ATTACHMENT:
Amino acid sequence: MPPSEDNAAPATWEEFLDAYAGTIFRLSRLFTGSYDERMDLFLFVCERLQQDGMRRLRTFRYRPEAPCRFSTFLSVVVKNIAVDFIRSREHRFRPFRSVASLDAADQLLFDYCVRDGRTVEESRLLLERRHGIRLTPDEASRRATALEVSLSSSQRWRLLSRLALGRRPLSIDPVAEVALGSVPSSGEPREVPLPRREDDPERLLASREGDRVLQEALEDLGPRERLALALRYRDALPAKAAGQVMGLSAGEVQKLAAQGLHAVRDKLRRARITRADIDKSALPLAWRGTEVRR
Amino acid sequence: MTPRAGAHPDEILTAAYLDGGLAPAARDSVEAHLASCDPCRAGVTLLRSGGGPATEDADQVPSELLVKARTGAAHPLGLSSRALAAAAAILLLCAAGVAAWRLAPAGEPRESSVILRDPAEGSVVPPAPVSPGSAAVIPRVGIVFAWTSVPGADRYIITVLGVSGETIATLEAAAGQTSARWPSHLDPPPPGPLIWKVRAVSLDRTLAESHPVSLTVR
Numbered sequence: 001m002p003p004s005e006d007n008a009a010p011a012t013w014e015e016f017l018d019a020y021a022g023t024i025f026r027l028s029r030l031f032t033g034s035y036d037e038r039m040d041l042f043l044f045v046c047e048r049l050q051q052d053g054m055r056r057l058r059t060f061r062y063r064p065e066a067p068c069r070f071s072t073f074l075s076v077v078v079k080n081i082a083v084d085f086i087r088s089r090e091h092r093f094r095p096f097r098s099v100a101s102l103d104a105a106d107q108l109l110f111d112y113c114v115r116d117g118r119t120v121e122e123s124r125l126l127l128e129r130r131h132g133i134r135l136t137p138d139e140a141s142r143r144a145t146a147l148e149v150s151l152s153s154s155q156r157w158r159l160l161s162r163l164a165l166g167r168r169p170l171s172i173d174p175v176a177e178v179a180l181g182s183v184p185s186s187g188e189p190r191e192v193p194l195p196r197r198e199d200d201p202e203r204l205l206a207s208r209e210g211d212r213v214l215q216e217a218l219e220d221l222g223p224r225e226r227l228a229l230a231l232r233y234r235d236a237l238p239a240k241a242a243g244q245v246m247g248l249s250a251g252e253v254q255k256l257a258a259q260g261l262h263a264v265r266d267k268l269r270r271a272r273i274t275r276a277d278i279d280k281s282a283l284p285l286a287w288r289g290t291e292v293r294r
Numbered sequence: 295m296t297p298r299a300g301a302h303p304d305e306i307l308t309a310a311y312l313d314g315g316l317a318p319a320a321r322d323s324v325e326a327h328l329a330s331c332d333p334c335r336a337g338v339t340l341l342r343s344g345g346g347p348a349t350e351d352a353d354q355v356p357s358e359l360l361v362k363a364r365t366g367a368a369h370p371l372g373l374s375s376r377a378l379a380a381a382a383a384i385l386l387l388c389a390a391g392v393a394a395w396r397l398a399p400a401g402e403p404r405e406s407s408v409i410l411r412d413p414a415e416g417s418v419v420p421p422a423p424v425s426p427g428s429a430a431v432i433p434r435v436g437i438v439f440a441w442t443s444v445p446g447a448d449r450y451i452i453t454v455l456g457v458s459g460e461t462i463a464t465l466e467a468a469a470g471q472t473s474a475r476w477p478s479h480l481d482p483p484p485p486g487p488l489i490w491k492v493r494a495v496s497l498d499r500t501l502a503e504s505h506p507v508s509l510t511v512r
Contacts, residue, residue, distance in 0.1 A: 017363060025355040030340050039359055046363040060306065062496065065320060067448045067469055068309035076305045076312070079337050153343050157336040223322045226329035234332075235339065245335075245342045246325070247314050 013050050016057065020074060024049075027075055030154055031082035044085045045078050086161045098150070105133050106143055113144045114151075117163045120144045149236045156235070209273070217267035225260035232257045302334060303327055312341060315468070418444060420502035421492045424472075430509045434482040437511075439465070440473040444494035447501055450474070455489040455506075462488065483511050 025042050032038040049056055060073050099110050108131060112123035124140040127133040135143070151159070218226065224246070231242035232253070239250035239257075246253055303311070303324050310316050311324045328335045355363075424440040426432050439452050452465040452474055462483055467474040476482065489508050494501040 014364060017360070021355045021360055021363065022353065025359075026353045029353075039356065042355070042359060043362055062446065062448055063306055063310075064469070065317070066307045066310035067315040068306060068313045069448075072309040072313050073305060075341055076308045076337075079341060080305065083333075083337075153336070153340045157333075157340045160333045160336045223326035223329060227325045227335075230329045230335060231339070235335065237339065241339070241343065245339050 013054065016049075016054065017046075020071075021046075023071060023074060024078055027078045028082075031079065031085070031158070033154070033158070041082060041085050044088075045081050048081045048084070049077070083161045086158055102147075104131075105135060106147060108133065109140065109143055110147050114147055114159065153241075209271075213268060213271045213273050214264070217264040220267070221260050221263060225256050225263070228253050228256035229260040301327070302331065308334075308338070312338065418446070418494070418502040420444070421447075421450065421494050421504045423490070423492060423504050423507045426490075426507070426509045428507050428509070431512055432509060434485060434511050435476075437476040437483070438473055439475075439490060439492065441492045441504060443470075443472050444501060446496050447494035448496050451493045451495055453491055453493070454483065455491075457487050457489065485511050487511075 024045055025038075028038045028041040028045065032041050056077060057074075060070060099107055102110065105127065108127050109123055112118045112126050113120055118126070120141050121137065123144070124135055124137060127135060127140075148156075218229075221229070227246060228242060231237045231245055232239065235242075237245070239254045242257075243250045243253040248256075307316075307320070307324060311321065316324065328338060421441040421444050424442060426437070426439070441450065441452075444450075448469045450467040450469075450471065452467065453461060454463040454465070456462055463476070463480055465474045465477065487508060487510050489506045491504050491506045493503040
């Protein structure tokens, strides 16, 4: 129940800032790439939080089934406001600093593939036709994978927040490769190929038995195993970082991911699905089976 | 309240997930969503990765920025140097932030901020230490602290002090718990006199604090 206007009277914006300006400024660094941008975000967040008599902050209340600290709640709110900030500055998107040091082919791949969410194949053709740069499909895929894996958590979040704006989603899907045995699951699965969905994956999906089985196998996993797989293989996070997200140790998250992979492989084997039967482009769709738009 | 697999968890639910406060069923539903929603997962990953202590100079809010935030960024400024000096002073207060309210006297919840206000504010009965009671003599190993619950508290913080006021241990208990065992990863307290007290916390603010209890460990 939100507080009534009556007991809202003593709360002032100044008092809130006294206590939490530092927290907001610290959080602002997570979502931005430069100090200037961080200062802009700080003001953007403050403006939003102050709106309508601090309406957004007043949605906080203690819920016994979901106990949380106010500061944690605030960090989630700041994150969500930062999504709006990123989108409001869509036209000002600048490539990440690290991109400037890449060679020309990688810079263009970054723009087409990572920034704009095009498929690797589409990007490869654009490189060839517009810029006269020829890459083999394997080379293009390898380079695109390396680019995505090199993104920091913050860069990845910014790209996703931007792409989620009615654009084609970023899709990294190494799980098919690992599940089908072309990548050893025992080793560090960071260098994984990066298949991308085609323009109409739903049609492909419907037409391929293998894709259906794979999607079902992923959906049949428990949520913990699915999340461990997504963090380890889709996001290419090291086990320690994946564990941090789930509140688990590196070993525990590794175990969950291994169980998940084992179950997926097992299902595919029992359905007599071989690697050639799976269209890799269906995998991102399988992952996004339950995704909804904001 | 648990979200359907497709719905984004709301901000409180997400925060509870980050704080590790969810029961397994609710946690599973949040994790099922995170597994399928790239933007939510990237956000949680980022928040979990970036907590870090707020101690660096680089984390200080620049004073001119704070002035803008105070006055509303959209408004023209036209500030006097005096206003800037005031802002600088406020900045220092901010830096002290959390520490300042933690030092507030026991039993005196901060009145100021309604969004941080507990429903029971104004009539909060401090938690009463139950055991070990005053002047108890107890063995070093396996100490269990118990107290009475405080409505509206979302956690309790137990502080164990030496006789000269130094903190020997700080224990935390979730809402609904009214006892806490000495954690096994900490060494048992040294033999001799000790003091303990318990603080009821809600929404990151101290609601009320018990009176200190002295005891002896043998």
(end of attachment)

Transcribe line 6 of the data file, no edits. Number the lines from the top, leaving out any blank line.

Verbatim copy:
């Protein structure tokens, strides 16, 4: 129940800032790439939080089934406001600093593939036709994978927040490769190929038995195993970082991911699905089976 | 309240997930969503990765920025140097932030901020230490602290002090718990006199604090 206007009277914006300006400024660094941008975000967040008599902050209340600290709640709110900030500055998107040091082919791949969410194949053709740069499909895929894996958590979040704006989603899907045995699951699965969905994956999906089985196998996993797989293989996070997200140790998250992979492989084997039967482009769709738009 | 697999968890639910406060069923539903929603997962990953202590100079809010935030960024400024000096002073207060309210006297919840206000504010009965009671003599190993619950508290913080006021241990208990065992990863307290007290916390603010209890460990 939100507080009534009556007991809202003593709360002032100044008092809130006294206590939490530092927290907001610290959080602002997570979502931005430069100090200037961080200062802009700080003001953007403050403006939003102050709106309508601090309406957004007043949605906080203690819920016994979901106990949380106010500061944690605030960090989630700041994150969500930062999504709006990123989108409001869509036209000002600048490539990440690290991109400037890449060679020309990688810079263009970054723009087409990572920034704009095009498929690797589409990007490869654009490189060839517009810029006269020829890459083999394997080379293009390898380079695109390396680019995505090199993104920091913050860069990845910014790209996703931007792409989620009615654009084609970023899709990294190494799980098919690992599940089908072309990548050893025992080793560090960071260098994984990066298949991308085609323009109409739903049609492909419907037409391929293998894709259906794979999607079902992923959906049949428990949520913990699915999340461990997504963090380890889709996001290419090291086990320690994946564990941090789930509140688990590196070993525990590794175990969950291994169980998940084992179950997926097992299902595919029992359905007599071989690697050639799976269209890799269906995998991102399988992952996004339950995704909804904001 | 648990979200359907497709719905984004709301901000409180997400925060509870980050704080590790969810029961397994609710946690599973949040994790099922995170597994399928790239933007939510990237956000949680980022928040979990970036907590870090707020101690660096680089984390200080620049004073001119704070002035803008105070006055509303959209408004023209036209500030006097005096206003800037005031802002600088406020900045220092901010830096002290959390520490300042933690030092507030026991039993005196901060009145100021309604969004941080507990429903029971104004009539909060401090938690009463139950055991070990005053002047108890107890063995070093396996100490269990118990107290009475405080409505509206979302956690309790137990502080164990030496006789000269130094903190020997700080224990935390979730809402609904009214006892806490000495954690096994900490060494048992040294033999001799000790003091303990318990603080009821809600929404990151101290609601009320018990009176200190002295005891002896043998």